Real Estate Talk:
Perils of overpricing

Asking too much may lead to getting less

By Joseph Marovitch

Updated November 29, 2023

I had a client who told me their house was special and required a special buyer. Since the house was special, it was worth more than all the other homes around it. They asked if I was a broker who understood and could sell it for them.

Over the past several years, as a real estate broker, I have heard this several times. Many brokers, starting out, will say they do understand how special the house is and are sure they can sell it at that higher price, ignoring the comparable sales that say differently.

The broker lists the house and starts off with ads and open houses. The first wave of buyers call and visit, but they also visit other homes with comparable square footage, bathrooms and bedrooms. The potential buyers find other homes that are different but just as nice and have the criteria they are searching for. The other homes have higher city evaluations with asking prices that are lower than the broker’s special house.

There are no special houses. There is the market that dictates the price.

The process, after a month, consists of telling the client the price is too high, and the client thinks the broker does not believe enough in the price the house should sell for.

The seller goes through one or two other brokers until, after losing money in carrying costs and the public thinking there is a problem with their house, the seller sells for less than they would have received at the beginning of the process.

There are no special houses. There is the market that dictates the price. There is a scale from the lowest price to the highest price the house can sell for based on comparable property and the condition of the property.

Finally, there are concepts to abide by such as:

  1. We do not want the one special buyer. We want as many targeted and qualified buyers as possible.
  2. Expose the property to the market as much as possible to get the best price possible. The more potential buyers that view the house, the more likely the house will receive multiple offers, driving the price up.
  3. Price the house for the market. If you do not want to accept the price the market will bear, then do not sell the house. Better to wait than burn the property and assist in the sale of everyone else’s property.

Brokers will not usually tell clients, but whether a house is properly priced or overpriced, the broker still benefits. A properly priced house leads to a sale for the broker. An overpriced house brings the broker new buyers, and the broker can use the seller’s house to sell other homes to the potential buyer. This is done by telling the buyer what the seller’s house is asking and then showing a similar property with a lower asking price but a higher evaluation. In this case, the buyer is getting more for their money.

Should you have questions or comments, please refer to the comments section at the bottom of the page. As well, to view past articles, click here.

Have a great week!

Next article: Mental preparation to sell your house


Canada Prime Rate today: 7.2%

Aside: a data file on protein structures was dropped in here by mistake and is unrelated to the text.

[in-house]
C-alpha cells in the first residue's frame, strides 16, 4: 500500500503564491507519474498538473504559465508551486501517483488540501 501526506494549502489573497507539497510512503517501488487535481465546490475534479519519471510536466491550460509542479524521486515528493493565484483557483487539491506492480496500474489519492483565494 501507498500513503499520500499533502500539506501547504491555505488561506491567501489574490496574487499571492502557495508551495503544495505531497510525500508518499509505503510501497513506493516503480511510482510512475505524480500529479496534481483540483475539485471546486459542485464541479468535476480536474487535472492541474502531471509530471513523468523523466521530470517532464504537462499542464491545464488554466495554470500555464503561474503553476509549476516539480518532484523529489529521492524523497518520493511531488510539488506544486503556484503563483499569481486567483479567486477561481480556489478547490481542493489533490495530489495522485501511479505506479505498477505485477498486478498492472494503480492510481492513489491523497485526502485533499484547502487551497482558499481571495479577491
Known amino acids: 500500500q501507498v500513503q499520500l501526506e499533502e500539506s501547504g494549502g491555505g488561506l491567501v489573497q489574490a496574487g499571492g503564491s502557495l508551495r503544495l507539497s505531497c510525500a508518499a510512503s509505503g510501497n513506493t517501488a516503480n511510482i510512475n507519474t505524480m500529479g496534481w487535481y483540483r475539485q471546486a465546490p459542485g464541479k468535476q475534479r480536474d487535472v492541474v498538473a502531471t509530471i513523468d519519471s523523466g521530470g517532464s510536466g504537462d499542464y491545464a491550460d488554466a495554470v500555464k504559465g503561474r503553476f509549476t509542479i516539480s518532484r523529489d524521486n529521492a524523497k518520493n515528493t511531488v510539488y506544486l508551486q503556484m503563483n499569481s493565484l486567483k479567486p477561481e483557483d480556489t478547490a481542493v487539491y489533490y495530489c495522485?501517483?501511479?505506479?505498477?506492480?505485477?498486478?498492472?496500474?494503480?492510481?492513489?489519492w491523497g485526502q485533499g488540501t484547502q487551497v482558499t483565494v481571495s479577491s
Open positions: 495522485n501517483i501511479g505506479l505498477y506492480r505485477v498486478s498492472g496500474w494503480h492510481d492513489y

Canada Inflation today: 3.8 %

According to a recent TD Economics report in BNN Bloomberg and RBC Economics report, housing prices are expected to drop by 10% over the next few months in Toronto and British Columbia due to high interest rates and inflation. Though it should be noted these provinces were overpriced, to begin with.

The opportunity lies in Quebec where prices were previously and still undervalued. The real estate road in Quebec has been rocky, due to many uncontrollable issues, like the rest of the world. However, before the pandemic, Quebec was catching up fast as the island of Montreal ran out of space and opportunities lay off-island. While property prices are dropping in other provinces, prices are rising in Quebec. Sales may have slowed down, but this will reverse as the wheels of our economy slowly speed up.

‘Quebec had potential for development and increased value as it was undervalued, to begin with. Opportunity in real estate is in Quebec, over the long term.’

Post-pandemic, pricey provinces like Ontario and BC, which were more expensive than Quebec to start with, would have a tougher road to recovery since they would end up in a correction. Quebec, on the other hand, had potential for development and increased value as it was undervalued, to begin with. Opportunity in real estate is in Quebec, over the long term.

Everything good always comes to the surface. All the bad tends to be drowned since people feel their way and we feel our way to what feels best, like a smooth economy, harmony as opposed to divisiveness, equal and fair pay, honest and fair government for the people and so on. Nothing further needs to be said.

Have a great week.

Let’s not forget that people with cancer are vulnerable too!

You are invited to keep giving to the following organizations since it’s now more important than ever to support cancer research! Click on the logos below to find out how:

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Other articles by Joseph Marovitch

Joseph Marovitch -

Joseph Marovitch has worked in the service industry for over 30 years. His first career was working with families from Westmount and surrounding areas, hosting children between the ages of 6 to 16 as the owner and director of Camp Maromac, a sports and arts sleep away summer camp established in 1968. Using the same strengths caring for the families, such as reliability, integrity, honesty and a deep sense of protecting the interests of those he is responsible for, Joseph applies this to his present real estate broker career. Should you have questions please feel free to contact Joseph Marovitch at 514 825-8771, or

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